POSTED: 05 Nov 2020 06:48
CATEGORY: Short Story
FEATURED: Yes ( yaynikki )
I do not remember much leading up to the incident, but I remember the crew being enthused, in high spirits from a success not shortly before.
That would shortly change after the lookout spotted some objects bobbing up and down at a ways from where we were headed. We hoped that we might have ourselves some unique rations, but that would rarely ever be the case.
As we approached, we noticed a peculiar sound wafting over to us. The objects were more than that; they were people, floating, no less, in the frigid sea. The sounds they were making were calls for help, accompanied by frantic, jerky movements characteristic of desperate souls succumbing to the coldness of the ocean.
We weren't willing to save them, though. They spoke a foreign tongue.
"Kill them," "Slaughter them," "Show them no mercy!" the deck replied. "Avenge the deaths of our brothers in arms!"
As soldiers in times of war, we had no business helping the enemy. The goal was simple: to defend our great empire against foreign powers. A noble task that would require ignoble actions.
But our commander thought otherwise.
Standing on the bridge with his face glowering, he proclaimed, "Listen, my men! As men serving our great empire, we have to uphold what it means to be Noble! Righteousness of thought, righteousness of action!" He stared at everybody below him, as if to pierce through our actions and talk directly to our souls, he demanded, "All of you are to save every man in the water!"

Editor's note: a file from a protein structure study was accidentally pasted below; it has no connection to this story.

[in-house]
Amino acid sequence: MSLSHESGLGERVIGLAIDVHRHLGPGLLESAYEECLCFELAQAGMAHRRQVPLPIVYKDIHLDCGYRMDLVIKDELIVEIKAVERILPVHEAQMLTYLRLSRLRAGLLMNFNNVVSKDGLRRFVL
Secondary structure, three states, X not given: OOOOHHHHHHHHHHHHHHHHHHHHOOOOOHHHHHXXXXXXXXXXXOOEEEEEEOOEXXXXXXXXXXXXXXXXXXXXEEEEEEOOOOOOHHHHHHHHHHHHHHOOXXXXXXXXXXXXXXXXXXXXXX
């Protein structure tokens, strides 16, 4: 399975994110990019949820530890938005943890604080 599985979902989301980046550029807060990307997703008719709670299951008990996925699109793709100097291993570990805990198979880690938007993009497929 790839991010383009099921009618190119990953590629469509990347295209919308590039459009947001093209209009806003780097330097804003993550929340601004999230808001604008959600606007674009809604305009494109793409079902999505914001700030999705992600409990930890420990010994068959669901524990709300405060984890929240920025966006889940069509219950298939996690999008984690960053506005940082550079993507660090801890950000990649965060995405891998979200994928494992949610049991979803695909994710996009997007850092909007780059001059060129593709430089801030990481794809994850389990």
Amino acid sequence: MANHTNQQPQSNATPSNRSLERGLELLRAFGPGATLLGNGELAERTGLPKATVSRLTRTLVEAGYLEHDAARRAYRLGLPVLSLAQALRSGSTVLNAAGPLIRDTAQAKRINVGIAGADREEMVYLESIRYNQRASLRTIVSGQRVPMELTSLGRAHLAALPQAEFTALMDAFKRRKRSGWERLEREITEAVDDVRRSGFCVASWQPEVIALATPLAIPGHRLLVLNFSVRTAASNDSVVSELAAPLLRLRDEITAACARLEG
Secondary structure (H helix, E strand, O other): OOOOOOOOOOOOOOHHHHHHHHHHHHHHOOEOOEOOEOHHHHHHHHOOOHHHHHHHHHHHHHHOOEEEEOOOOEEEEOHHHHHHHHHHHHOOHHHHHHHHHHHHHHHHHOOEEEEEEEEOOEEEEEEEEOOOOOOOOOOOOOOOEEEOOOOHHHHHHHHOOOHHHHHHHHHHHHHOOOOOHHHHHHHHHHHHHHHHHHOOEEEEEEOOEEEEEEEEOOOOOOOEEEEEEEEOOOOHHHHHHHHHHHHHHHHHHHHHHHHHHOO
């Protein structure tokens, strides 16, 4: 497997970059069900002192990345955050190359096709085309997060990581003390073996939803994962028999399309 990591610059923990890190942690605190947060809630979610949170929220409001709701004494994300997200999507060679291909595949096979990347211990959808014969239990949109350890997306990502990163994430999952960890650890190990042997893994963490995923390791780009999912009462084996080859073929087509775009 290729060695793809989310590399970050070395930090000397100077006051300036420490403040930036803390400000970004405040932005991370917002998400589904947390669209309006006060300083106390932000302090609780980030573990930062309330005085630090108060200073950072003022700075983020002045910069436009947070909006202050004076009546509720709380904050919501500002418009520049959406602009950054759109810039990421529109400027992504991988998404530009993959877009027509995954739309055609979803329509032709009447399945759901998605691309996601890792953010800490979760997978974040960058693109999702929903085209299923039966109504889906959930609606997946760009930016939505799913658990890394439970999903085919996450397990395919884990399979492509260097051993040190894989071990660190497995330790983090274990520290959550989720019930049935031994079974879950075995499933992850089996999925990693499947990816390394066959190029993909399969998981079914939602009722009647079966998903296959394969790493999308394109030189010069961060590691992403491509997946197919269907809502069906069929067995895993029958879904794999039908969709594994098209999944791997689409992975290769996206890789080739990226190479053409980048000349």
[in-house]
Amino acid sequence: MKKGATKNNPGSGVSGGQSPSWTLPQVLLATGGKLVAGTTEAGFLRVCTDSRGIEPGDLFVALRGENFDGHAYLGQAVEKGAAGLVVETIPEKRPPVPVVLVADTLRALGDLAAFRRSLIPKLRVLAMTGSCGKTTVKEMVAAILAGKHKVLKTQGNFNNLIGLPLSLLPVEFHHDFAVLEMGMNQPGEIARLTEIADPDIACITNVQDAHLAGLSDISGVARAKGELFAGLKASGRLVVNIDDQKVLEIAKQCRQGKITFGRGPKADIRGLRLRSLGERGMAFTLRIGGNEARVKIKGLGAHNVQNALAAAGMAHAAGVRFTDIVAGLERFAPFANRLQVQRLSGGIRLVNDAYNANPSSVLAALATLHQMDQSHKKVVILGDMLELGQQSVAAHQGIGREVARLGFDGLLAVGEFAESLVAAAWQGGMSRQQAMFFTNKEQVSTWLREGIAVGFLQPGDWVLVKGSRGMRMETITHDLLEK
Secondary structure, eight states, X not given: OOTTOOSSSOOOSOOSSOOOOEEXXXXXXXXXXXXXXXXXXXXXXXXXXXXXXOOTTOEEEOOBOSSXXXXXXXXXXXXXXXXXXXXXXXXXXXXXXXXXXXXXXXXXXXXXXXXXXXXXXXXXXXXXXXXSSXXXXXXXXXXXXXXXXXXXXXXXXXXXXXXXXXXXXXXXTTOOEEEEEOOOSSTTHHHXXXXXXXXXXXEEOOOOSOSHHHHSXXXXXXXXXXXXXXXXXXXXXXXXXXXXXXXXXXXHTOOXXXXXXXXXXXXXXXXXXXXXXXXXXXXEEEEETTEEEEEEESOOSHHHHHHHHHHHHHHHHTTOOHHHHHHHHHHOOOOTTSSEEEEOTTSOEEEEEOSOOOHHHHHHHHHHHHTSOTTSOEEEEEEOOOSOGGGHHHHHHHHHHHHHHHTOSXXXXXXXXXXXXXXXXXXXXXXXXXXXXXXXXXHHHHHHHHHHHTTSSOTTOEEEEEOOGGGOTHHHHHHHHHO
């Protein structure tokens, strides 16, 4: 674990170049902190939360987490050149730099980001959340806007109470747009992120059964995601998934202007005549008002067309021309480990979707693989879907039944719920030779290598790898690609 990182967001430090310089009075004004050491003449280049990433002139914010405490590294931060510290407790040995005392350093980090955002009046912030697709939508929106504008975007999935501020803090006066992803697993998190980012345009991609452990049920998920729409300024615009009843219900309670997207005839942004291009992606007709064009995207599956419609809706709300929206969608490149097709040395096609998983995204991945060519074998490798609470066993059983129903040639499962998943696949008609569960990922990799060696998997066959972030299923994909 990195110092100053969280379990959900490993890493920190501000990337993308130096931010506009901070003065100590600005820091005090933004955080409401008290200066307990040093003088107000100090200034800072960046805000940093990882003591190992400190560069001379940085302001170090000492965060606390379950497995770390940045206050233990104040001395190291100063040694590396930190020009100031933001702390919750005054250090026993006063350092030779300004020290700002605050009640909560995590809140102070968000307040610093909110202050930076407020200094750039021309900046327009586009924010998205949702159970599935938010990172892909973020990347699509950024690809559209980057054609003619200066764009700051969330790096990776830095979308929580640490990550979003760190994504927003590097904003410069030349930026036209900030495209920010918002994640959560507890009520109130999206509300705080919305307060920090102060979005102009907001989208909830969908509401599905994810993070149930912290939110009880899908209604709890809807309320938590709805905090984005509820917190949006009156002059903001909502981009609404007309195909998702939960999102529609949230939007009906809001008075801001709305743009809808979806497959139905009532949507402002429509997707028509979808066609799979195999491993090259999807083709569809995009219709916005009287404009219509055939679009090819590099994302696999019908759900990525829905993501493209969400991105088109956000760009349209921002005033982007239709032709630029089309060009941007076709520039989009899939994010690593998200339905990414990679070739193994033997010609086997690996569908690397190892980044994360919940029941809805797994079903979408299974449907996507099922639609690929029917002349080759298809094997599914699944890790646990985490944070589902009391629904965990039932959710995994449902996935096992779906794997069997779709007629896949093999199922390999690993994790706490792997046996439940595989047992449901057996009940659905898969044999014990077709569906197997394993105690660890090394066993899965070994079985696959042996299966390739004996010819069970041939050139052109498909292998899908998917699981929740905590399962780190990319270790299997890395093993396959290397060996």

There was an eerie silence as everybody processed his request. It went everybody's intuition; we were to harm, not help, the enemy, right? But he also spoke sensibly; we were men after all, right?
We quickly scrambled to gather as many float rings and lifeboats in the water to get everybody out of the bone-chilling water and up onto the boat. All hands were on deck to make sure we could rescue as many as we could. We were given an order, after all, and doing so much as disobeying an order was grounds for very severe punishment. One officer even dove into the water to make sure one of the men didn't drown.
As we fished the men from the water, it got increasingly lively on deck. While we had our hands full rescuing the stranded men, we also took to making sure they were warm and well-fed, as per our commander's orders.
I manned a lifeboat for a while, and bearing the brunt of the waves chilled my body down to the bone. Hauling shivering bodies out of the water was exhausting work.
All that work wouldn't go to waste. We eventually got everybody out of the lifeboat and onto the main ship. I fetched a blanket and started wrapping a man so he could recover from the pure cold of the ocean. He turned to me and looked up into my eyes and tried to thank me in my native tongue. He twisted his foreign mouth to try to make the appropriate sounds, but it came out garbled. He was shivering too much anyway.
It was the thought that counted, though. His mouth formed into a shaky, thin smile. His expression was one of true gratitude, towards his enemy, no less. I gave him a canteen of warm soup and pat him on the back. I had more people to attend to.
That day, I realized what our commander had envisioned for us. To uphold the values that define us as good men of our nation. To show compassion to fellow humans. They weren't enemies anymore.
I think what my friend said to me afterwards sums it up nicely:
"Y'know, even though we're in a war and all, we're still human, yeah?"
Since nobody could guess what the last thing was, same thing applies here. If you can guess what inspired this, I'll maybe give you something kek.